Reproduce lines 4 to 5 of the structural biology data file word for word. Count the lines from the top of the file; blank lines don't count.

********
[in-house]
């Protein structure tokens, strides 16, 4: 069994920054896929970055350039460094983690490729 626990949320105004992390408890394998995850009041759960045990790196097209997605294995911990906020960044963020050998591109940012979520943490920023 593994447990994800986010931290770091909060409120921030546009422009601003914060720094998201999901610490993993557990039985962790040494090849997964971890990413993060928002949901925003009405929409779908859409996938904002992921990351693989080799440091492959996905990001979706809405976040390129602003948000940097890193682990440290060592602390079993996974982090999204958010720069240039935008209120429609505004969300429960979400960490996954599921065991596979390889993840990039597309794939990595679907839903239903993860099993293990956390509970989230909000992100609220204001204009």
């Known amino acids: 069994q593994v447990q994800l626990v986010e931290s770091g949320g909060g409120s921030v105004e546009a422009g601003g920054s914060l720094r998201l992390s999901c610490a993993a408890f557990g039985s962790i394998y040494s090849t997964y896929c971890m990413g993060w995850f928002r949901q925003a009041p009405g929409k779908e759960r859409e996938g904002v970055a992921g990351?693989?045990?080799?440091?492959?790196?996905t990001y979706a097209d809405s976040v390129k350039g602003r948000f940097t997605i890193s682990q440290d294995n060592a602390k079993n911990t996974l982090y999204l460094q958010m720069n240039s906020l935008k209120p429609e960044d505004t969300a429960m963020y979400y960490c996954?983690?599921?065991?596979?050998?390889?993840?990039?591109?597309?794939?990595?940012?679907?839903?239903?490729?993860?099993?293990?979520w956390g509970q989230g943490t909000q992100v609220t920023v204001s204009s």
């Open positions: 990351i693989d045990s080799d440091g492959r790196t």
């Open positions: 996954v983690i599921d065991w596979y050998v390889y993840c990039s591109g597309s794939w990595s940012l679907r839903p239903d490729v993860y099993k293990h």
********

């Open positions: 990351i693989d045990s080799d440091g492959r790196t």
């Open positions: 996954v983690i599921d065991w596979y050998v390889y993840c990039s591109g597309s794939w990595s940012l679907r839903p239903d490729v993860y099993k293990h």